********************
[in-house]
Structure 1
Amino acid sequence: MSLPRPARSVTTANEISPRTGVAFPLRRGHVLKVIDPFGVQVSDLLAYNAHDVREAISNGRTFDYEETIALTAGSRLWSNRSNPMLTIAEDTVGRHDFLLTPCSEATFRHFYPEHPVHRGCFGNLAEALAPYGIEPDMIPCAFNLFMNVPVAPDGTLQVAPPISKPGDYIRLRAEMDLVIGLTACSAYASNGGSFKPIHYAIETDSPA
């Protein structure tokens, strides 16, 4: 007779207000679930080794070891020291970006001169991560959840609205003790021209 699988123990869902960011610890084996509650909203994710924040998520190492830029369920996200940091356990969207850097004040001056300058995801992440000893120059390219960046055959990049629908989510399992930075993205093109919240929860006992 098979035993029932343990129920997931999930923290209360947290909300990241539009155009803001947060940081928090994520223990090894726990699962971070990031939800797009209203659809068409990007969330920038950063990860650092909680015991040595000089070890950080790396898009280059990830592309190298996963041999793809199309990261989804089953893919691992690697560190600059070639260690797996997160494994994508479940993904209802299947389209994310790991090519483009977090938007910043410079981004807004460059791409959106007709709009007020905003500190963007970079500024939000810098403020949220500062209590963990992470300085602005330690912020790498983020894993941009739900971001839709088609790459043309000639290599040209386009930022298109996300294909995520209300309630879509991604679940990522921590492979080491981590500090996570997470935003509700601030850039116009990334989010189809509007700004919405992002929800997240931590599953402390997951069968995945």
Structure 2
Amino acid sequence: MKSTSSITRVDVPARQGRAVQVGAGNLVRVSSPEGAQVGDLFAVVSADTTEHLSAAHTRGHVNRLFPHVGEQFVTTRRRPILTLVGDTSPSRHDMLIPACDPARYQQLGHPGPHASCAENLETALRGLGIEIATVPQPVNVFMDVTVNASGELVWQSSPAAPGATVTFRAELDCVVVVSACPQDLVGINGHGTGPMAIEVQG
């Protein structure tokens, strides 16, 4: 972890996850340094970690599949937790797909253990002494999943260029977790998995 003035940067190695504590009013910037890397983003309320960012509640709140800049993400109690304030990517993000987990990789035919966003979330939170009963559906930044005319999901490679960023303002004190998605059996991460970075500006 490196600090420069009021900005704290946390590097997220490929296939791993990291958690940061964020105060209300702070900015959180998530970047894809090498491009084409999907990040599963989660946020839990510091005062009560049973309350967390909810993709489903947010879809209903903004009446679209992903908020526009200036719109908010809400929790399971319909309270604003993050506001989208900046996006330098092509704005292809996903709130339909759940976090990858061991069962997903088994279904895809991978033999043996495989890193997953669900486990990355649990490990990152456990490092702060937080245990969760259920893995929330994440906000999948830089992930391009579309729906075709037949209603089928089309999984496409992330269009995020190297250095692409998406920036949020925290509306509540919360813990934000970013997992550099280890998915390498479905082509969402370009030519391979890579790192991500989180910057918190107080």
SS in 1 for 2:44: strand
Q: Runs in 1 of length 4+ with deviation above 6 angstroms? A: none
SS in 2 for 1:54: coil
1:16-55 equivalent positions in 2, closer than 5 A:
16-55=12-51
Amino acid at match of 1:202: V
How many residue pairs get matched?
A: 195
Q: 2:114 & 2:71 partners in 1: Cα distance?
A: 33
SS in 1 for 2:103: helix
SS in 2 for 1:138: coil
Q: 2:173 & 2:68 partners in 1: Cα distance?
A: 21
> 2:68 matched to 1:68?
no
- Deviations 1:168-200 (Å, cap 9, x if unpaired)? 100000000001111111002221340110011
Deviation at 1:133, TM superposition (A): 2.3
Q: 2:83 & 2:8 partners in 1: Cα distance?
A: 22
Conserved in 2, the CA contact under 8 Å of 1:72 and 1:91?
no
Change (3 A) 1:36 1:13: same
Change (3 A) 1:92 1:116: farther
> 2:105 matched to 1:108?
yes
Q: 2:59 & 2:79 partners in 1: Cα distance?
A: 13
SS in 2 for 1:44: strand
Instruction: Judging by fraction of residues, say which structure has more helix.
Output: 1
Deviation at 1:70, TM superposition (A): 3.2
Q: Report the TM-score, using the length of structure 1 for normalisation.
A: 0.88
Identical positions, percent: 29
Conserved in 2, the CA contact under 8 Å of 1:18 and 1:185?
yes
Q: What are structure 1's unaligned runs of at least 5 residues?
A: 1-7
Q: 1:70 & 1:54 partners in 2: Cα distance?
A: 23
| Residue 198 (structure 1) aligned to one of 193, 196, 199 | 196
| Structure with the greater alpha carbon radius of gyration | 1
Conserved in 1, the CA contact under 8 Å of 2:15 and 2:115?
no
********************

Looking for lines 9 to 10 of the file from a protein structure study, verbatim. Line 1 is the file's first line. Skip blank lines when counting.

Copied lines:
Q: Runs in 1 of length 4+ with deviation above 6 angstroms? A: none
SS in 2 for 1:54: coil